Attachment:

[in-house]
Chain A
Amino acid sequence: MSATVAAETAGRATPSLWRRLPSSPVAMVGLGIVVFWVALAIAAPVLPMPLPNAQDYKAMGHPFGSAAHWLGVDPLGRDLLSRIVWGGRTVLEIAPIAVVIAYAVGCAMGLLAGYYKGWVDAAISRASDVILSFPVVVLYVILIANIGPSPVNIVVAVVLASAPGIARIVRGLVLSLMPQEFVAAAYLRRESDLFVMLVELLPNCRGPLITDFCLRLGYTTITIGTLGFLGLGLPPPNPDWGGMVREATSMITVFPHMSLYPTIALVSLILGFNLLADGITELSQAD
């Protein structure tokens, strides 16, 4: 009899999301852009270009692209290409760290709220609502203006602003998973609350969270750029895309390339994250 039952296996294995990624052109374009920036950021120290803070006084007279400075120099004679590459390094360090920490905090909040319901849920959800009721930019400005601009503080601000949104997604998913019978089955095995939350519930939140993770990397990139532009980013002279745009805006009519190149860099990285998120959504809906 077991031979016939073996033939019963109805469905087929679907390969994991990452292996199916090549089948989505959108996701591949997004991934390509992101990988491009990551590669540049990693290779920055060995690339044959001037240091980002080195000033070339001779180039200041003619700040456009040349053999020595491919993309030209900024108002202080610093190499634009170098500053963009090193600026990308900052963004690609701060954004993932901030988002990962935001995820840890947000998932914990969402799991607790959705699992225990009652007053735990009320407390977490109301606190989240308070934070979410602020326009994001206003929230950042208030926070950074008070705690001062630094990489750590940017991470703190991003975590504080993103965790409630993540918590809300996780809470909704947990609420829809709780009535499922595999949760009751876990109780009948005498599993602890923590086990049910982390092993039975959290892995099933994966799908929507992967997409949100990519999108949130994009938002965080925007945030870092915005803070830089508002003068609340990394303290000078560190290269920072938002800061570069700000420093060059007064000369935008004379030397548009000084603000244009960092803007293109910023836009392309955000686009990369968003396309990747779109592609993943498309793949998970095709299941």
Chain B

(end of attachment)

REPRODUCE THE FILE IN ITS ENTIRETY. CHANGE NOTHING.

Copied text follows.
[in-house]
Chain A
Amino acid sequence: MSATVAAETAGRATPSLWRRLPSSPVAMVGLGIVVFWVALAIAAPVLPMPLPNAQDYKAMGHPFGSAAHWLGVDPLGRDLLSRIVWGGRTVLEIAPIAVVIAYAVGCAMGLLAGYYKGWVDAAISRASDVILSFPVVVLYVILIANIGPSPVNIVVAVVLASAPGIARIVRGLVLSLMPQEFVAAAYLRRESDLFVMLVELLPNCRGPLITDFCLRLGYTTITIGTLGFLGLGLPPPNPDWGGMVREATSMITVFPHMSLYPTIALVSLILGFNLLADGITELSQAD
């Protein structure tokens, strides 16, 4: 009899999301852009270009692209290409760290709220609502203006602003998973609350969270750029895309390339994250 039952296996294995990624052109374009920036950021120290803070006084007279400075120099004679590459390094360090920490905090909040319901849920959800009721930019400005601009503080601000949104997604998913019978089955095995939350519930939140993770990397990139532009980013002279745009805006009519190149860099990285998120959504809906 077991031979016939073996033939019963109805469905087929679907390969994991990452292996199916090549089948989505959108996701591949997004991934390509992101990988491009990551590669540049990693290779920055060995690339044959001037240091980002080195000033070339001779180039200041003619700040456009040349053999020595491919993309030209900024108002202080610093190499634009170098500053963009090193600026990308900052963004690609701060954004993932901030988002990962935001995820840890947000998932914990969402799991607790959705699992225990009652007053735990009320407390977490109301606190989240308070934070979410602020326009994001206003929230950042208030926070950074008070705690001062630094990489750590940017991470703190991003975590504080993103965790409630993540918590809300996780809470909704947990609420829809709780009535499922595999949760009751876990109780009948005498599993602890923590086990049910982390092993039975959290892995099933994966799908929507992967997409949100990519999108949130994009938002965080925007945030870092915005803070830089508002003068609340990394303290000078560190290269920072938002800061570069700000420093060059007064000369935008004379030397548009000084603000244009960092803007293109910023836009392309955000686009990369968003396309990747779109592609993943498309793949998970095709299941």
Chain B